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Lecture

Nanoscale quasi-static and fatigue behaviour of open-cell aluminium foam struts

Thursday (25.10.2018)
09:30 - 09:50
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Open-cell metal foams have steadily gained importance and interest for various application areas in industry and research over the recent years, due to their specific property portfolio. They stand out among other materials for their acoustic and mechanical properties such as vibration damping and sound and energy absorption capabilities. Combined with the excellent weight-to-stiffness ratio, metal foams are predestined for the use in lightweight structures e.g. in automotive or aircraft applications. Here, they are exposed to a range of static and cyclic loading conditions. Previous investigations of the macro-scale fatigue and quasi-static failure behaviour of the foams have shown a high scatter of the properties. To better understand local microstructural influences on the mechanical properties, we investigate the quasi-static and fatigue properties on the nano- and microscale.

We performed nanoindentation tests on single struts of an open-cell precision cast aluminium alloy foam. First, the mechanical properties of the different phases of the strut, aluminium matrix, silicon and intermetallics, were characterized by quasi-static indentation tests. The obtained values of hardness and modulus were correlated with the local structural differences, and with the distance to the other phases. The nano-scale fatigue behaviour was investigated by cyclic indentation tests. Changes of the load-depth curves were analyzed as a function of cycle number and correlated with microstructural changes in the vicinity of the indents. The curves showed distinctly different courses, indicating cyclic softening or hardening, which, however, could not be correlated with the microstructure visible on the surface. This suggests that the cause of the differences may be the structure beneath the surface. We therefore performed submicron resolution synchrotron micro tomography experiments of nanofatigued struts to evaluate the distribution of silicon particles and other secondary phases in the volume below the indents. The results were then correlated to the fatigue response. Further, TEM investigations of the matrix close to the indent were performed to characterize the fatigue induced dislocation density and structures.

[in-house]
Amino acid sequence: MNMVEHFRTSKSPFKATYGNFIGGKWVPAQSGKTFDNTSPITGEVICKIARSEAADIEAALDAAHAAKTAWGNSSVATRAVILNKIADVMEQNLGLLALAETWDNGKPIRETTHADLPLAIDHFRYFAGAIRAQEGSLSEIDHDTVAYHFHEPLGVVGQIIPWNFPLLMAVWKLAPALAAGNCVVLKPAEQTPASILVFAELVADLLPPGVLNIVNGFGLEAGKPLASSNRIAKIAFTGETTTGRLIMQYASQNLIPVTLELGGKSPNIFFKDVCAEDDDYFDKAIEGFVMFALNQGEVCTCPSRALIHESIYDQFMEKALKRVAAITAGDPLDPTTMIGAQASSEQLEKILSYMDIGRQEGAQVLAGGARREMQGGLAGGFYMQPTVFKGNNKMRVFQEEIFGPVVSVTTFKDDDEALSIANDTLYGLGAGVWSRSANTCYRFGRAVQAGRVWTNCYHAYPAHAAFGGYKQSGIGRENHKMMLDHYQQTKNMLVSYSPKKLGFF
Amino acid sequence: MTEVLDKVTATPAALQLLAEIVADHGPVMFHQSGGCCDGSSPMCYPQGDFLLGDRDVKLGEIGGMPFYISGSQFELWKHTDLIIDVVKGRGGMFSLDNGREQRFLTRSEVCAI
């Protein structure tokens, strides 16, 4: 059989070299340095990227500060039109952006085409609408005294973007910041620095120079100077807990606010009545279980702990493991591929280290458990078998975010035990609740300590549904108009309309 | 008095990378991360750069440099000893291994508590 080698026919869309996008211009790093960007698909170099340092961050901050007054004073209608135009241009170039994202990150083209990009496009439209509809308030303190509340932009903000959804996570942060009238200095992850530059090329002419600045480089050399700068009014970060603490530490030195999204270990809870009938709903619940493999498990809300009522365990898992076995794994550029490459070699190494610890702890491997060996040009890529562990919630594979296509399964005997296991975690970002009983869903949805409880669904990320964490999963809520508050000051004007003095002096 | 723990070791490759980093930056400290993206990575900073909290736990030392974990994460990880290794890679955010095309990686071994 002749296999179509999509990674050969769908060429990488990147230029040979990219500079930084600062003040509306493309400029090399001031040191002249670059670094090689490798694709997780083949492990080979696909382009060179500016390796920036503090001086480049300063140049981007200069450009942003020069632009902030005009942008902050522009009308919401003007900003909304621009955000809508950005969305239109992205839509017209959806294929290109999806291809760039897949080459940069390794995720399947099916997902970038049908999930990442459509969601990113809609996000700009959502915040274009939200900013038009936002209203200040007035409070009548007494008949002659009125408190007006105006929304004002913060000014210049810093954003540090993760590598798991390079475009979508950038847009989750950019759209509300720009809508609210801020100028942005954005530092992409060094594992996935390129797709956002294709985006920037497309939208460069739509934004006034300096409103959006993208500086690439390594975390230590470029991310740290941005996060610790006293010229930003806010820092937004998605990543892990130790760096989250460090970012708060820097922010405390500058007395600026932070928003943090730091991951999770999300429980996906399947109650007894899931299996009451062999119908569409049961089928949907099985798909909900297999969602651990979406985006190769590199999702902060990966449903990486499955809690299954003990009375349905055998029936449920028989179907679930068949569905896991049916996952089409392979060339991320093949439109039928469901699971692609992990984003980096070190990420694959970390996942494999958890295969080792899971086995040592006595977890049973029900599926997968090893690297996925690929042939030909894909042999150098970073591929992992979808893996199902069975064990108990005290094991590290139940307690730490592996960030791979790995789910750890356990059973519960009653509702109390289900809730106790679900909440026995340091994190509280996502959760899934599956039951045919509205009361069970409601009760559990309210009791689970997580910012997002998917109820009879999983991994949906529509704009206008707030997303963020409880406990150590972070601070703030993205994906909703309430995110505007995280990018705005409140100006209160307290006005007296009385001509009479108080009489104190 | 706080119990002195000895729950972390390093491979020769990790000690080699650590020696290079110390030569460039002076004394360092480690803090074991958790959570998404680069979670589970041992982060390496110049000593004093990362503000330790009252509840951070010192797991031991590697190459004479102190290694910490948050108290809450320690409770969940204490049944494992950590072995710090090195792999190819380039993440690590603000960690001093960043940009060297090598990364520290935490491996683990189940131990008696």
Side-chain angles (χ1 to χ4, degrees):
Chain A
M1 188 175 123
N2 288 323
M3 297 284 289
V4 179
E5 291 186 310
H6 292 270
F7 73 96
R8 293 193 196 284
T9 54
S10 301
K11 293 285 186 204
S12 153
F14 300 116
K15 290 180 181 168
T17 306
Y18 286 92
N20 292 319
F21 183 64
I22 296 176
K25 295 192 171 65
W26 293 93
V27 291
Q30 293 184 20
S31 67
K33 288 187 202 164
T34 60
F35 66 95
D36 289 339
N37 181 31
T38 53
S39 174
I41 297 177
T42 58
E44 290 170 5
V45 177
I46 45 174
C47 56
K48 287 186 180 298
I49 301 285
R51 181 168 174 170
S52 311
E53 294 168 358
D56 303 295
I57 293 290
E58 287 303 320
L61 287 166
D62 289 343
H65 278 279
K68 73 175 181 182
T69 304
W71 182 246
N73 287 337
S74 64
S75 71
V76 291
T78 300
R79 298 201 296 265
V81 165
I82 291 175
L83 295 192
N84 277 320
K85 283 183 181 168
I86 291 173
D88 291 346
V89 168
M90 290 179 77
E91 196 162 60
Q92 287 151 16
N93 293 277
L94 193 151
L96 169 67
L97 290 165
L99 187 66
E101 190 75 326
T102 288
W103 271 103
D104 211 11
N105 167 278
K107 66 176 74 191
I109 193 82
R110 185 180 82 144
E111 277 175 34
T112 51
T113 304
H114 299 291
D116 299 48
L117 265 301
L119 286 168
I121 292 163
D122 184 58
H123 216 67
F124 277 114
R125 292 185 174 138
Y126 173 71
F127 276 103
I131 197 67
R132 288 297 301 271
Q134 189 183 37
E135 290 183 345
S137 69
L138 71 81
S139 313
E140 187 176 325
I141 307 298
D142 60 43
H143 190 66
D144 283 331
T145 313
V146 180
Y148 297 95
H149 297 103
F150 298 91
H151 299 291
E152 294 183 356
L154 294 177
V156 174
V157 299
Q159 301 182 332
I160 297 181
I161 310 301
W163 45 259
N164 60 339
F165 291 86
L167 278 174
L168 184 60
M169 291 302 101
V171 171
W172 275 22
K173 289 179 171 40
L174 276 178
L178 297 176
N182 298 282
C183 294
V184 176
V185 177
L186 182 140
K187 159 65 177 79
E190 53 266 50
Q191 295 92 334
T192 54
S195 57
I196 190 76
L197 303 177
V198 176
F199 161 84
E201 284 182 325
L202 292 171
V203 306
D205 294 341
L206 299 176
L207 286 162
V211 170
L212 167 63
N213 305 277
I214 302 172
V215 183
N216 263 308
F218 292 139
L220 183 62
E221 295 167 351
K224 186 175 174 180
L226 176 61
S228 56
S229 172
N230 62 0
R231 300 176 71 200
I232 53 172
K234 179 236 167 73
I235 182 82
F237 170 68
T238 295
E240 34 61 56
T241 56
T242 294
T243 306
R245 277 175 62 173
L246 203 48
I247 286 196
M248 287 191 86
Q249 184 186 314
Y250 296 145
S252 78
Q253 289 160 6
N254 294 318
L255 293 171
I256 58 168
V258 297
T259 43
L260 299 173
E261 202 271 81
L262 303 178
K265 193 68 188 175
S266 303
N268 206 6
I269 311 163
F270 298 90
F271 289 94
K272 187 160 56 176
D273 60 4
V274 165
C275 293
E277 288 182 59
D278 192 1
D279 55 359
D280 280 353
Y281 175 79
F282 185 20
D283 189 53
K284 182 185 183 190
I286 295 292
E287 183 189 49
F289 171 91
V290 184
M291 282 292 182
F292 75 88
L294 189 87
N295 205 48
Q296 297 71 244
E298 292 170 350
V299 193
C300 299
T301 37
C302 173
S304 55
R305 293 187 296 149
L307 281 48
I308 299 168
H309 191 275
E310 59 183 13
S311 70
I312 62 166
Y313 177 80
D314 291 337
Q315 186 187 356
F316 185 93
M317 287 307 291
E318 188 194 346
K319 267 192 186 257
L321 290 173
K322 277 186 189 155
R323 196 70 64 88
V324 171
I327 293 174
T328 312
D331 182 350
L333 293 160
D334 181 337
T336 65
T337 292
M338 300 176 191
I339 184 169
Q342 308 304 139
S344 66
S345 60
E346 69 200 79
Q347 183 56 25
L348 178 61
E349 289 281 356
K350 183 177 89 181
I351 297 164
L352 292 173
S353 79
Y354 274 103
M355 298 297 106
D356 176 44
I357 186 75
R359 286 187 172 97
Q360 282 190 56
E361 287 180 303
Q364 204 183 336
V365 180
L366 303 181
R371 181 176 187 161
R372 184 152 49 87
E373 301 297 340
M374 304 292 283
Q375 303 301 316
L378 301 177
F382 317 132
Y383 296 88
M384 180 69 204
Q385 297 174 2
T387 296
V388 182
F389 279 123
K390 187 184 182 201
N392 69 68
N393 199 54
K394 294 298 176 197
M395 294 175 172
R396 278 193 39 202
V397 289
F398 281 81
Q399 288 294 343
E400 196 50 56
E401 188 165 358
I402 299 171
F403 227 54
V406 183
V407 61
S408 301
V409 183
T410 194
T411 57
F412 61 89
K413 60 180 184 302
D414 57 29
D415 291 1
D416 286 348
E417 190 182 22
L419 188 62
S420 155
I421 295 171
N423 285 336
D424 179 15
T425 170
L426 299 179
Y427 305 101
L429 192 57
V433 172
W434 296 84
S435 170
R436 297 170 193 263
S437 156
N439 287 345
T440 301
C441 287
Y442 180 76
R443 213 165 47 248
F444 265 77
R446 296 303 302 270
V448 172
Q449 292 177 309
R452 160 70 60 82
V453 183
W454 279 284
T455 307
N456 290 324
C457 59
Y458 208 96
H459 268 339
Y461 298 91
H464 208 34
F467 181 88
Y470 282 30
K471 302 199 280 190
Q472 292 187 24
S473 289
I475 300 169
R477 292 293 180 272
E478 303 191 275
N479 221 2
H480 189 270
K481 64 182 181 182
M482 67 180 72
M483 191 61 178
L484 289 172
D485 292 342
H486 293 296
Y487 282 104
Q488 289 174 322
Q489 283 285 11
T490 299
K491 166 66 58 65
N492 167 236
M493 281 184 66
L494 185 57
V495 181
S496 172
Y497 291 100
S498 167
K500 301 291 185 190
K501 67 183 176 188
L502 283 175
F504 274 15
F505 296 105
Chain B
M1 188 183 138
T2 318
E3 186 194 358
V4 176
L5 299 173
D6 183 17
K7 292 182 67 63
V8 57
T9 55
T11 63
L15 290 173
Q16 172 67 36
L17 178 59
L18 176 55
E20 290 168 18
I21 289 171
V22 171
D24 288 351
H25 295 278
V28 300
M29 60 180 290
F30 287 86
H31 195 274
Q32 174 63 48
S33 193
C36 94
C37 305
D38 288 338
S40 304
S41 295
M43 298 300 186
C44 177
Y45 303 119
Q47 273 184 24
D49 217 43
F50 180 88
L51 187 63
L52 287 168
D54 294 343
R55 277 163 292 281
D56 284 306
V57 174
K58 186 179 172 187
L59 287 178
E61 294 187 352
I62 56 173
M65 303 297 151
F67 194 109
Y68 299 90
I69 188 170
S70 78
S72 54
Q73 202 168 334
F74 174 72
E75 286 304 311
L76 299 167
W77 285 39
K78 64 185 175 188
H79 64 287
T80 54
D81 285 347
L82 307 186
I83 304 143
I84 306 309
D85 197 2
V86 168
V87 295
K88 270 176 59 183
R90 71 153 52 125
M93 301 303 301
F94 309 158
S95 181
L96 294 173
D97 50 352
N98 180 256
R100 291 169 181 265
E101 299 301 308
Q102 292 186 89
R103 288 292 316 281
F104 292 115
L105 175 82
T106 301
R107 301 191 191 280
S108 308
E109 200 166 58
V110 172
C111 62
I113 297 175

Speaker:
Merle Schmahl
TU Berlin
Additional Authors:
  • Dr. Paul Zaslansky
    Charité - Universitätsmedizin Berlin
  • Dr. Anke Märten
    Technische Universität Berlin
  • Prof. Dr. Claudia Fleck
    Technische Universität Berlin